Anyway, some of these folks were talking about the power struggles, the turf battles, the control issues, the neuroses and character flaws of their congregants (and some of us confessed our own junk, too) that had chewed them up. More than one told about "this one person" or "that one family," and I was reminded of a parable told me by a therapist friend when, in such a time in my own ministry, I lamented having to take on the "bad guys" alone, with little in the way of back-up or support, congregational, institutional, collegial or otherwise.

Of course, he said. It is like the Old West, all the movies you have ever seen. The gentle Townsfolk are held hostage in their own streets and homes, paralyzed with fear of the one old man or the one outlaw family. Every time a new sheriff comes to town, the good people know a showdown is inevitable: High Noon; the Gunfight at the UMC Corral.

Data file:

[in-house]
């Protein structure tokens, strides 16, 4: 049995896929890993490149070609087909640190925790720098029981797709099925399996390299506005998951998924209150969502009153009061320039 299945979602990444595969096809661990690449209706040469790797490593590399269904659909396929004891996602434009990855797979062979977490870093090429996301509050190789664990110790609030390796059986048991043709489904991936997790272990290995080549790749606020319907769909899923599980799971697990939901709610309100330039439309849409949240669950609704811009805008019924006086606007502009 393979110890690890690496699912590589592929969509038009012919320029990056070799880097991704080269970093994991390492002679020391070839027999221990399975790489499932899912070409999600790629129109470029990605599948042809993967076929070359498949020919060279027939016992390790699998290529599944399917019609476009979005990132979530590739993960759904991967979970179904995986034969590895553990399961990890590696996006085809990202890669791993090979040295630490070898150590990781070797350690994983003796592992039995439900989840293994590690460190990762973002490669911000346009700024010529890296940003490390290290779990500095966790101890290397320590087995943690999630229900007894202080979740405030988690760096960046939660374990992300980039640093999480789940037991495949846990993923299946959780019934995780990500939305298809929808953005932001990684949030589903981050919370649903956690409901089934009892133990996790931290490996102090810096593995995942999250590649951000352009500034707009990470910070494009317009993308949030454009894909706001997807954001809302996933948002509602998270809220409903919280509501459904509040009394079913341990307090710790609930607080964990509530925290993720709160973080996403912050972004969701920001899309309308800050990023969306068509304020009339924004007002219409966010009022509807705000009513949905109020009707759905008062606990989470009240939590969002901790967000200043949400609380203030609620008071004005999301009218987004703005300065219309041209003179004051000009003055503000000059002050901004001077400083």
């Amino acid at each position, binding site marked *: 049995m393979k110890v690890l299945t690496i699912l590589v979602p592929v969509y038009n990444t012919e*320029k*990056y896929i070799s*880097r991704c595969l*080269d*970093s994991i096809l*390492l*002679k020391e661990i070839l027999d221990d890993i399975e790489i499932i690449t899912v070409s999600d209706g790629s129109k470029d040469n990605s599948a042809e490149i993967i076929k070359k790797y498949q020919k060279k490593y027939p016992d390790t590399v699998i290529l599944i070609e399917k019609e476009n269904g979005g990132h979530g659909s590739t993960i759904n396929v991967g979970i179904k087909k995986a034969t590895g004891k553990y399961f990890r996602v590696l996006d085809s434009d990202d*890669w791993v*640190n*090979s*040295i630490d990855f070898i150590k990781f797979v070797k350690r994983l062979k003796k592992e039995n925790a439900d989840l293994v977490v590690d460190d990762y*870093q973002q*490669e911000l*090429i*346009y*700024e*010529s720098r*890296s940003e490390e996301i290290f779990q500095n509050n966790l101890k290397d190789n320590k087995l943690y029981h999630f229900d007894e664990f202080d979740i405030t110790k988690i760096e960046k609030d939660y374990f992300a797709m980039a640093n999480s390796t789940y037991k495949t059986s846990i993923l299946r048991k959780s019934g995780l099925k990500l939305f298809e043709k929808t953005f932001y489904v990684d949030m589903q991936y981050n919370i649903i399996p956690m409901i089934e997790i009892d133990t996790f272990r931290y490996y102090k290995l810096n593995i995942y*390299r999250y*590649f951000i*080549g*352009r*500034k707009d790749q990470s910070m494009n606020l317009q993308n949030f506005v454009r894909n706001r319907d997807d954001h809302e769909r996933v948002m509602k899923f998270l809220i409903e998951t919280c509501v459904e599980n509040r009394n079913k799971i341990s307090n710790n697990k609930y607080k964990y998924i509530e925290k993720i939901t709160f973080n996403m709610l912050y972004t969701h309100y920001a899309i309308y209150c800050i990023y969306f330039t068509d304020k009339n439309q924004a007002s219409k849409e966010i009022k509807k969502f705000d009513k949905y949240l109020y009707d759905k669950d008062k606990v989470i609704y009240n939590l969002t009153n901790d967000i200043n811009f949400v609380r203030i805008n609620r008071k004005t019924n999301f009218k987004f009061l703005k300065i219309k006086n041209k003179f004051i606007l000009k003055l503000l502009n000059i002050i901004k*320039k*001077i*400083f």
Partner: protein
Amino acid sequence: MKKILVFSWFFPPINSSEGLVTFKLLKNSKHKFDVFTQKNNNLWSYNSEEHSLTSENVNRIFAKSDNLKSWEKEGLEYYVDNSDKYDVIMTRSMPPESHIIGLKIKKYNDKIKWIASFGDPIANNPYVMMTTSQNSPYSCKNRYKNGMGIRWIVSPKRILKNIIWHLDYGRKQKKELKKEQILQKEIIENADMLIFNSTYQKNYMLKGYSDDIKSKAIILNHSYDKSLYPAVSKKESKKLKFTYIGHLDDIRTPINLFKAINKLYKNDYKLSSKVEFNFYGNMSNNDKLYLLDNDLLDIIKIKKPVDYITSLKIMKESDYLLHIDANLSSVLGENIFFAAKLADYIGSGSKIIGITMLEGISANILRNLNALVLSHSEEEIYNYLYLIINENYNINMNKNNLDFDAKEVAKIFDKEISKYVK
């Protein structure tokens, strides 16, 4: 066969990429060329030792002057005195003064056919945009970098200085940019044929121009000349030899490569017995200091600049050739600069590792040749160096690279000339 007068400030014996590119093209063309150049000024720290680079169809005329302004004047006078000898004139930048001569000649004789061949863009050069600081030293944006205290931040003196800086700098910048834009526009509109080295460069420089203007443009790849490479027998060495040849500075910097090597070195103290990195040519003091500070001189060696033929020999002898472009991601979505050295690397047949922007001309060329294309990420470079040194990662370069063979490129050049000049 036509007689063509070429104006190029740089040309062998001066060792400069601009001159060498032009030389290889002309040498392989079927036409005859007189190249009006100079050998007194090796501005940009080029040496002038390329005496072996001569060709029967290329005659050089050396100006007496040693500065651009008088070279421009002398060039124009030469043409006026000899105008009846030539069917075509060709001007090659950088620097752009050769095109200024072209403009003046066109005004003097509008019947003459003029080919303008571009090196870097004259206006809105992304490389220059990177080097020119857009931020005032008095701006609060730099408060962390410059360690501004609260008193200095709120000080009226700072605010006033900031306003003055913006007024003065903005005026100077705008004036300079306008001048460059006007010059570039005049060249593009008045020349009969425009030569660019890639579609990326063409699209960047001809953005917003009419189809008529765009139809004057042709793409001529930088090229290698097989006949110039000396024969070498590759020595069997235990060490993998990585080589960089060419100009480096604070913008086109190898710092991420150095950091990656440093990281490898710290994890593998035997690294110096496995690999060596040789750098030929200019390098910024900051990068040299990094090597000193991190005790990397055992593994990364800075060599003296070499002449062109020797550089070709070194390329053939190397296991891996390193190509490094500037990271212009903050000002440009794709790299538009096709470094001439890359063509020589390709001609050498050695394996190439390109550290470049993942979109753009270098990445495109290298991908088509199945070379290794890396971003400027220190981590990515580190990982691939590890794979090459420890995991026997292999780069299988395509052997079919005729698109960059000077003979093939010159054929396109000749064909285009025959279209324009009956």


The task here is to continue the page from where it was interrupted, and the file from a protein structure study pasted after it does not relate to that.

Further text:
The Townsfolk hope and pray that the new sheriff will win the gunfight. They really want to be free. They are really, really tired of being afraid, of being held hostage in their own town.

But then the clock strikes twelve. The man (or woman) in the white hat appears at the one end of the street, sweaty hands trembling--if sometimes, truth to tell, spoiling for a fight, cocky and arrogant, sometimes just as self-important and crazy for control as the Old Man (or Woman) who terrorizes the town. The Man (or Woman) in the black hat appears at the other end of the street, cold, calm and practiced. And at that defining moment, what do all the gentle Townsfolk do? They go inside, close their doors and pull down the window shades.